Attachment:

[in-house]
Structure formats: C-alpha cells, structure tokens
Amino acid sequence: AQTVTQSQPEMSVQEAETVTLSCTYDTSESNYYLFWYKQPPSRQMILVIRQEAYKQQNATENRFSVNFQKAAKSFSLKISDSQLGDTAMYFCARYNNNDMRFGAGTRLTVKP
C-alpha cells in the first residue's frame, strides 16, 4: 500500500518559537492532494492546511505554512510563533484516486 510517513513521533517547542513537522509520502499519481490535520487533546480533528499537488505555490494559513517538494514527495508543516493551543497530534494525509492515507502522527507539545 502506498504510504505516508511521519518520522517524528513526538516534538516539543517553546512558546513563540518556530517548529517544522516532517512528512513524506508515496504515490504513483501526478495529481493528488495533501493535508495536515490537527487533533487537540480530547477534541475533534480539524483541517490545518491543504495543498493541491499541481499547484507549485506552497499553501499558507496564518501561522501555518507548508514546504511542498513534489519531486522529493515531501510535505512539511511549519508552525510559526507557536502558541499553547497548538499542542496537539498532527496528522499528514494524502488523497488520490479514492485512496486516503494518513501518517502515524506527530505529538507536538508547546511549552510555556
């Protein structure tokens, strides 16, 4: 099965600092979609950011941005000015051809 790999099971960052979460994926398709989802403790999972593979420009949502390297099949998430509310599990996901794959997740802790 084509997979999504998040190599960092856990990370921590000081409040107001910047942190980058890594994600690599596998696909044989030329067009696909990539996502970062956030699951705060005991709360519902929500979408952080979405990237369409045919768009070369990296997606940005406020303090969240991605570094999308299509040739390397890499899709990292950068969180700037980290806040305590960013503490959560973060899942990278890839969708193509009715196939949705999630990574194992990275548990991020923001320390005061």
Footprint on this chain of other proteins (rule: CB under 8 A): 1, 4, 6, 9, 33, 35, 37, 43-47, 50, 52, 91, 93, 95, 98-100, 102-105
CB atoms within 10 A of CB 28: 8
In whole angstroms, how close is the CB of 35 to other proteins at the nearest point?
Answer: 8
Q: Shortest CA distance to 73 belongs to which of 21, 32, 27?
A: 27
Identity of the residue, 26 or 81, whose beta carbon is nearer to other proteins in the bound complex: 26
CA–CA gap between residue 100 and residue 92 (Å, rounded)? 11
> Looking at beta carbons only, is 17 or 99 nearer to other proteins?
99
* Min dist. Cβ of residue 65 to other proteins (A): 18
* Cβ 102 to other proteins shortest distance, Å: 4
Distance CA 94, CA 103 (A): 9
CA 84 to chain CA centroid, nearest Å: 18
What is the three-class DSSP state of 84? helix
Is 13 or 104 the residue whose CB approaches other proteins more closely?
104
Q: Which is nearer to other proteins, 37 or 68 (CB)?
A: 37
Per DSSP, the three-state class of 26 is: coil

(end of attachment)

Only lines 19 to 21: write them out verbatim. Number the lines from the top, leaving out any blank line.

CA 84 to chain CA centroid, nearest Å: 18
What is the three-class DSSP state of 84? helix
Is 13 or 104 the residue whose CB approaches other proteins more closely?